The Virgin RED entertainment system is very impressive. There are large touch screens which fold out of the arm rest and allow you to browse an extensive list of live TV channels, on demand TV shows, on demand Movies, a large MP3 library (including some great electronic music I wasn’t expecting to find there), games, and more. On the way down I listened to some of the music, and on the way back I watched an anime movie.

The food was excellent. They offer a collection of tapas-like appetizers which were very good. For my dinner I choose a grilled vegetable ravioli with pesto sauce which was absolutely restaurant quality. Service overall was great.

I arrived into SFO on-time and was met in the terminal by my driver, who whisked me down to Palo Alto to the Westin I was staying at. The hotel was nice, and my room was great. However, they didn’t offer shirt pressing or emergency laundry services. Also, no ATM in the hotel, and if you want a cab you have to walk over to the next hotel, their sister hotel the Sheraton, and try to snag one there instead. I unpacked, and then grabbed a cab to head to the pre-StartupSchool meet-and-greet at Y Combinator that evening. I arrived around 8:30, and the place was PACKED. There were hundreds of people there, all talking to each other, which filled the main room with a surreal buzz.

I grabbed a bottle of water, and made myself a name-tag. I didn’t know a soul there, and I’m naturally somewhat introverted at large noisy gatherings like this, so I was a little worried. However, the great thing about this event was that virtually everyone else there A) was in tech, and B) didn’t know many if any other people there. When everyone has a common ground (tech), it’s easy to meet new people and join conversations. “Oh these people are talking about relative strengths and weaknesses of common databases? I can totally contribute to that conversation!”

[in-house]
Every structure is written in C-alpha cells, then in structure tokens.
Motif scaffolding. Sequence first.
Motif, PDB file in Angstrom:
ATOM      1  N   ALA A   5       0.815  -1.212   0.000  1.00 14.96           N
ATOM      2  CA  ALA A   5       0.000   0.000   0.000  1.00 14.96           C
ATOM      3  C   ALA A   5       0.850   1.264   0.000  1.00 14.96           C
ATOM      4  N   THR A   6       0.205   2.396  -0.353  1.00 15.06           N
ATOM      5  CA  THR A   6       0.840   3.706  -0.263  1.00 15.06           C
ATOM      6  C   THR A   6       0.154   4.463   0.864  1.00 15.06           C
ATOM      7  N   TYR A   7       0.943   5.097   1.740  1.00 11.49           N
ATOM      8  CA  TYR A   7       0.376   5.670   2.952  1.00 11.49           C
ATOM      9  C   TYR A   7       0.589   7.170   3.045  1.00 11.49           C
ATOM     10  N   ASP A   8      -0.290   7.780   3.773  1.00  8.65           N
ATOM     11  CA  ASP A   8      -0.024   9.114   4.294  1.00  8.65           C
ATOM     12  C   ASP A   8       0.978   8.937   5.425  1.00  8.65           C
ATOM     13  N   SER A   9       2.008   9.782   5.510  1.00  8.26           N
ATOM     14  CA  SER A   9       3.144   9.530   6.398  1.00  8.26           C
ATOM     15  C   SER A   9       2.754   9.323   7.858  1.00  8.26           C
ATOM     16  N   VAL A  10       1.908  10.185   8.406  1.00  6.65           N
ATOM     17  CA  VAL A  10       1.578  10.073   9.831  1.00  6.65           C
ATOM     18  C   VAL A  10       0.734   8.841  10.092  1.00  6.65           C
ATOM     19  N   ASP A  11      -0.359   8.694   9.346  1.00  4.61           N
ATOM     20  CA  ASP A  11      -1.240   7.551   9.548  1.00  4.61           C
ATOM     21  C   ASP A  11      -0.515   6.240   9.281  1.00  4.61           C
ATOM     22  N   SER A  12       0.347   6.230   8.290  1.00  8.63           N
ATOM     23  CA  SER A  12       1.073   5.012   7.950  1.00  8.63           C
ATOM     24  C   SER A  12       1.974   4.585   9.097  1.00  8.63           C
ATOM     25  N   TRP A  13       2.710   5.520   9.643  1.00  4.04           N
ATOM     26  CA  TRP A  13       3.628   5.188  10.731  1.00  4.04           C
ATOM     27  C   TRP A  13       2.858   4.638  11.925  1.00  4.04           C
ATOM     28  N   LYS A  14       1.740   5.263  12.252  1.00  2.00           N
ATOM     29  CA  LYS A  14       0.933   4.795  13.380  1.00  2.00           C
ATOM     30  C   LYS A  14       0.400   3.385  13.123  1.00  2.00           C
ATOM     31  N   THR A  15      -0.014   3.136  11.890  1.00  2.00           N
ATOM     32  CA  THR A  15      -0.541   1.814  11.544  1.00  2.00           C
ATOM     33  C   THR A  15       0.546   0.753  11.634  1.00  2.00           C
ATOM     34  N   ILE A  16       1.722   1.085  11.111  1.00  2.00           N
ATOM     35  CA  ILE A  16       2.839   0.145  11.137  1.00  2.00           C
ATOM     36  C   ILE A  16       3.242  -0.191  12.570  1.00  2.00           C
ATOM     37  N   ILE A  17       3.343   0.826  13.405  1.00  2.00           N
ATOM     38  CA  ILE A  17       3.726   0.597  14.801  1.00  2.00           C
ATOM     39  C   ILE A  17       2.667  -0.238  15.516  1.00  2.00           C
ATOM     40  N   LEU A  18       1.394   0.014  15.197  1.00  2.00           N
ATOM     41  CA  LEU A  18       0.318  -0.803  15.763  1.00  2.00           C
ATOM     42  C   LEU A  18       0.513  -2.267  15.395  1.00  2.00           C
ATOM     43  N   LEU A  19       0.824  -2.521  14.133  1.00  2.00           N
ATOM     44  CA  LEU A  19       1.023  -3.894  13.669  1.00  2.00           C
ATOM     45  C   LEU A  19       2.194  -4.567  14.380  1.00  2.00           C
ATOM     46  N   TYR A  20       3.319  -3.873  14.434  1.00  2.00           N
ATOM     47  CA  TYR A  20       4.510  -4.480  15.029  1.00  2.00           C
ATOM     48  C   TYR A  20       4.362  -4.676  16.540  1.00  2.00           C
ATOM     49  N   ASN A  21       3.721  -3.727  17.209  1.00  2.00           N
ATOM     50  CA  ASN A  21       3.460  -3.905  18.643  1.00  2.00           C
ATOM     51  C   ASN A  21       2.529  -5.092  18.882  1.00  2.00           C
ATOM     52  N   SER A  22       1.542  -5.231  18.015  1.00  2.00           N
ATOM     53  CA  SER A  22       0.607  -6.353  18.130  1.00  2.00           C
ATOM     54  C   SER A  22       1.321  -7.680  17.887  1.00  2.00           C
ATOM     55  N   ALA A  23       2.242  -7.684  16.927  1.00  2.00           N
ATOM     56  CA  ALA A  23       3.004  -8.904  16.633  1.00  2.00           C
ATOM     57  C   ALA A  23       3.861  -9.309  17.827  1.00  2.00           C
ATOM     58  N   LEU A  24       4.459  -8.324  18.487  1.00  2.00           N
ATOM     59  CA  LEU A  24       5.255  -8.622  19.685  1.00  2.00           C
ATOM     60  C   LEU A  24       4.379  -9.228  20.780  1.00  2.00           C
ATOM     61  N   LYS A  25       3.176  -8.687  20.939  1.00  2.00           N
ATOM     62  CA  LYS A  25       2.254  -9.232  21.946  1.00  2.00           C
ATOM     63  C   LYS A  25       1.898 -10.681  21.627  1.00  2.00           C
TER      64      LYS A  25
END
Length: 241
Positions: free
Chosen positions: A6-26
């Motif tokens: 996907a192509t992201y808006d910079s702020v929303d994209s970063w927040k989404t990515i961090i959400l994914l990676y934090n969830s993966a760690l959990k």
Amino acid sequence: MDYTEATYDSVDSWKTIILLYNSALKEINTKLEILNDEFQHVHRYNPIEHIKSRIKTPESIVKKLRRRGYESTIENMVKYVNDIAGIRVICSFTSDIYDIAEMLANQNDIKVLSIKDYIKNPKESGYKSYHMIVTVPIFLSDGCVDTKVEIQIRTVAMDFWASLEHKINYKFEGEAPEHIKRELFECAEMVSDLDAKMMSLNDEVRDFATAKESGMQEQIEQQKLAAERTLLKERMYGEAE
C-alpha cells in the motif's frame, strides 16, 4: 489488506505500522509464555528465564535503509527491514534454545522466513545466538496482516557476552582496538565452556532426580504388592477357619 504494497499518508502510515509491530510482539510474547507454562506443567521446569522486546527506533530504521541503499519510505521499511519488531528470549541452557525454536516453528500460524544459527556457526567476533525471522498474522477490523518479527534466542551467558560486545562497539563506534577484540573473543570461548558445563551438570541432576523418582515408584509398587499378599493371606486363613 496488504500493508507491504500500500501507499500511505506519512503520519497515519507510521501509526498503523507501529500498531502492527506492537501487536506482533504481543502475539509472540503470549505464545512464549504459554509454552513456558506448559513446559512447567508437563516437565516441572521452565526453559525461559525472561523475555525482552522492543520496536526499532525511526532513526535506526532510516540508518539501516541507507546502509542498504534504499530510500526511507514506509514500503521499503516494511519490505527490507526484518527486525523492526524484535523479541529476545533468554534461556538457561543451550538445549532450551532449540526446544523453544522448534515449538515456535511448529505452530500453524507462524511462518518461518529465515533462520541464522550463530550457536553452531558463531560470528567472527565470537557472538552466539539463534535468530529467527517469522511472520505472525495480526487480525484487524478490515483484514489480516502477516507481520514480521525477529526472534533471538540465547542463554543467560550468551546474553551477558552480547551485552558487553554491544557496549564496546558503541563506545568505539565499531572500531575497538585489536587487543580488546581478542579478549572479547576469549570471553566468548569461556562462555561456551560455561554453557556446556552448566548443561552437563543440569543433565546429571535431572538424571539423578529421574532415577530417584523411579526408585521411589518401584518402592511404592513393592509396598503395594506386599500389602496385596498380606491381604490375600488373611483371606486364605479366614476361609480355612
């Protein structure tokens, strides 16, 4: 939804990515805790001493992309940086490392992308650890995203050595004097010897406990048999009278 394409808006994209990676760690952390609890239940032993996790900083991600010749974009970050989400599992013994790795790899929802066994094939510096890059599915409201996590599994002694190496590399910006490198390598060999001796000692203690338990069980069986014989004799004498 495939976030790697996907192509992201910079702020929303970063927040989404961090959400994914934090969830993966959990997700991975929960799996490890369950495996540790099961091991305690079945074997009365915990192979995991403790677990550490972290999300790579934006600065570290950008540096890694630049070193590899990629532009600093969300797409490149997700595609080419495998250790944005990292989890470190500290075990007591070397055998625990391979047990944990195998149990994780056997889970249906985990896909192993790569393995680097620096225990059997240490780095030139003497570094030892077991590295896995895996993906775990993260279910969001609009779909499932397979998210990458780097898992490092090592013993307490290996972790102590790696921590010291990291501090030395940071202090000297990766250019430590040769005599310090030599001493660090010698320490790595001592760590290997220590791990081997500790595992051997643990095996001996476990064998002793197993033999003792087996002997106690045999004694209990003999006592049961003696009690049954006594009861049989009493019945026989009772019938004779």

I talked with a ton of people and must have given out about 40 business cards. I eventually ran into Paul Tyma, the owner of Mailinator, another temporary e-mail service, similar to 10MinuteMail. Mailinator was around first, so I’m the knock-off:) I actually never even looked to see if any sites like that existed before I built 10MinuteMail. We considered having a knife fight to settle which site was better, but opted instead to hang out and chat for a while.

Some other people/sites I met that night include David Parkinson and his EmptySpaceAds, Tim Robertson, Travis Cross and his OfficeTone, and many many more. Everyone I met was great.

As the last CalTrain left, and the crowd had thinned out considerably, I ended up heading over to Google with Paul, who took me on a late-night tour of the Google HQ.

Google is amazing. Very cool visualization tools, great digs, kitchens and food everywhere, laundry, mailing, etc… Every aspect of the building just screamed “We take care of our employees”. I know there’s lots of cynicism about many of those perks being there to “keep people working longer”, but frankly the whole feel is about making the employee’s life easier and less stressful, not trying to grind them up. All the free stuff is great, and of course every company needs a ball pit. This tour was definitely a highlight of my trip.

I finally made it back to my hotel, and fell asleep around 1 AM.